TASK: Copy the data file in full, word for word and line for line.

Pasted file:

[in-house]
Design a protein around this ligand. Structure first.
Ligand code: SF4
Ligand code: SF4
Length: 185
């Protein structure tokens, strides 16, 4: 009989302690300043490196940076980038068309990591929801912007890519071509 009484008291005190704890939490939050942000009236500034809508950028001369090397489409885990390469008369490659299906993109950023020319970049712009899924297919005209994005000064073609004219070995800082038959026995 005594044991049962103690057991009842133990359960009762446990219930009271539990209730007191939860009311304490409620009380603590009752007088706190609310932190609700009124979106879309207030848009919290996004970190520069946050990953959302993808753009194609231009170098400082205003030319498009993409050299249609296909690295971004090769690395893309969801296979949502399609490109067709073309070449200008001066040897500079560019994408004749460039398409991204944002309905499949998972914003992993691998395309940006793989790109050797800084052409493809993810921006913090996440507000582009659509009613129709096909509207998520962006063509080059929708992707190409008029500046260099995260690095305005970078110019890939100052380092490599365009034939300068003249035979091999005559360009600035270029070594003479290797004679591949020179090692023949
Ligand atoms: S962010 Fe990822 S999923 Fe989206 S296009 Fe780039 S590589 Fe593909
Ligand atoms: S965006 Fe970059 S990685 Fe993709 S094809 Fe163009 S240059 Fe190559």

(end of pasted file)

[in-house]
Design a protein around this ligand. Structure first.
Ligand code: SF4
Ligand code: SF4
Length: 185
């Protein structure tokens, strides 16, 4: 009989302690300043490196940076980038068309990591929801912007890519071509 009484008291005190704890939490939050942000009236500034809508950028001369090397489409885990390469008369490659299906993109950023020319970049712009899924297919005209994005000064073609004219070995800082038959026995 005594044991049962103690057991009842133990359960009762446990219930009271539990209730007191939860009311304490409620009380603590009752007088706190609310932190609700009124979106879309207030848009919290996004970190520069946050990953959302993808753009194609231009170098400082205003030319498009993409050299249609296909690295971004090769690395893309969801296979949502399609490109067709073309070449200008001066040897500079560019994408004749460039398409991204944002309905499949998972914003992993691998395309940006793989790109050797800084052409493809993810921006913090996440507000582009659509009613129709096909509207998520962006063509080059929708992707190409008029500046260099995260690095305005970078110019890939100052380092490599365009034939300068003249035979091999005559360009600035270029070594003479290797004679591949020179090692023949
Ligand atoms: S962010 Fe990822 S999923 Fe989206 S296009 Fe780039 S590589 Fe593909
Ligand atoms: S965006 Fe970059 S990685 Fe993709 S094809 Fe163009 S240059 Fe190559």